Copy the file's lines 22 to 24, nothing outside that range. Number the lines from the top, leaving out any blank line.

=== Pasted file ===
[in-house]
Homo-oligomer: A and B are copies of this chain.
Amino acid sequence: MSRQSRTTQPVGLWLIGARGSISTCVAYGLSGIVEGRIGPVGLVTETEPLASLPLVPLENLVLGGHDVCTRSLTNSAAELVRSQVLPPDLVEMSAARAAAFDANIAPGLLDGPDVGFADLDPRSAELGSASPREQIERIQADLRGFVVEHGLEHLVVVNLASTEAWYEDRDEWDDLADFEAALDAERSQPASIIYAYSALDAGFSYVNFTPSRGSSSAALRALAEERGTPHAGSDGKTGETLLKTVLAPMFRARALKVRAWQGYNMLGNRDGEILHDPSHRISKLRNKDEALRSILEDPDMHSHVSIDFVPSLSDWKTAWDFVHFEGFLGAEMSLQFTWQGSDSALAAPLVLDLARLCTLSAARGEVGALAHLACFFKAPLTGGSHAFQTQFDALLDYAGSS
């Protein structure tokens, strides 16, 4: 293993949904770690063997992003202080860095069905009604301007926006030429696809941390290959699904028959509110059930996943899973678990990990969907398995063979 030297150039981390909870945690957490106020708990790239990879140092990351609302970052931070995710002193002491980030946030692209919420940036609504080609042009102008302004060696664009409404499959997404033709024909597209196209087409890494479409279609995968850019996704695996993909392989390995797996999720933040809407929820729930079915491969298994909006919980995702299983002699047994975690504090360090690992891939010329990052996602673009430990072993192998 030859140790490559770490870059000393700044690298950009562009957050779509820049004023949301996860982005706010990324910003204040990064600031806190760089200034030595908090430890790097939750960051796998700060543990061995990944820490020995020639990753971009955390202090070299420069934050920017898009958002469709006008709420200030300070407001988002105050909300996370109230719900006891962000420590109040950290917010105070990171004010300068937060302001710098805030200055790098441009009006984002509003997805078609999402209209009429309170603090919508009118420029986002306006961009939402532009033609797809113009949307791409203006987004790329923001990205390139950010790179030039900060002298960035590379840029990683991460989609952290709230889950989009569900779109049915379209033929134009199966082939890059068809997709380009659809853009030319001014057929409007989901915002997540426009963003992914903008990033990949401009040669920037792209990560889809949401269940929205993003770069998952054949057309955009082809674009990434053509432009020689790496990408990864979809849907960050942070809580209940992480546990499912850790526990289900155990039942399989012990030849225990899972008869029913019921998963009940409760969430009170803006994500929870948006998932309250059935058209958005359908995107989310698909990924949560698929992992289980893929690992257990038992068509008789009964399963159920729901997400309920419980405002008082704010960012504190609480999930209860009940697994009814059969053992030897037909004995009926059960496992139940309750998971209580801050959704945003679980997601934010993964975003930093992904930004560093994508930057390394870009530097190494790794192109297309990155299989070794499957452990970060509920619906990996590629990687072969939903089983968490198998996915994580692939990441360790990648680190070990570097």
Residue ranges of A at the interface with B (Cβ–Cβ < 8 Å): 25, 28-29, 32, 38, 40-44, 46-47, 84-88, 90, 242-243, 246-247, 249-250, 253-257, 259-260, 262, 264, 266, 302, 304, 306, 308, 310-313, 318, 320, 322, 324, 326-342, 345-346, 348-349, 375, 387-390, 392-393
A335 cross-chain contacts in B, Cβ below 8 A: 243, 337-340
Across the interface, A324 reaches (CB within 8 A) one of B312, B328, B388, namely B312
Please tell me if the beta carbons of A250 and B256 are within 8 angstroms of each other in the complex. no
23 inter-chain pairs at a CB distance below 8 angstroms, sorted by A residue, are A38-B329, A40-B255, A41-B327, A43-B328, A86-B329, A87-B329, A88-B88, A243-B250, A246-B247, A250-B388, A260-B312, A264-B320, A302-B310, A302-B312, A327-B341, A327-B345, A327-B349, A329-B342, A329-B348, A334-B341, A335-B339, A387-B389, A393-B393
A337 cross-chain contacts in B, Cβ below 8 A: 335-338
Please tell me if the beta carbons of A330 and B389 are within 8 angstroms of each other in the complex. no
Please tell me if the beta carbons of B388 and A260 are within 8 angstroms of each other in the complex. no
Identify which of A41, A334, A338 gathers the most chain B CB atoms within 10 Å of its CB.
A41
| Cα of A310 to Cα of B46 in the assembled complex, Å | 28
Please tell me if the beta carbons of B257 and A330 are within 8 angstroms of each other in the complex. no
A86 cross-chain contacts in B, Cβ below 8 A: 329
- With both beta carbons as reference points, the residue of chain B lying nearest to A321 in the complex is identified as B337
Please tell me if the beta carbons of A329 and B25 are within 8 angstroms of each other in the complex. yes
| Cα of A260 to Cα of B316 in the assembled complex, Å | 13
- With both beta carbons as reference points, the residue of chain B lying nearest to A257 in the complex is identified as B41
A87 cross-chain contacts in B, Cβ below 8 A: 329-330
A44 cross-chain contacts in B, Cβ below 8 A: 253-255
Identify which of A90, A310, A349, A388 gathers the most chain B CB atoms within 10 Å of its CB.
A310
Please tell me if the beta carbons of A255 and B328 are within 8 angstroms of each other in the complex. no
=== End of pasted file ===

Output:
A87 cross-chain contacts in B, Cβ below 8 A: 329-330
A44 cross-chain contacts in B, Cβ below 8 A: 253-255
Identify which of A90, A310, A349, A388 gathers the most chain B CB atoms within 10 Å of its CB.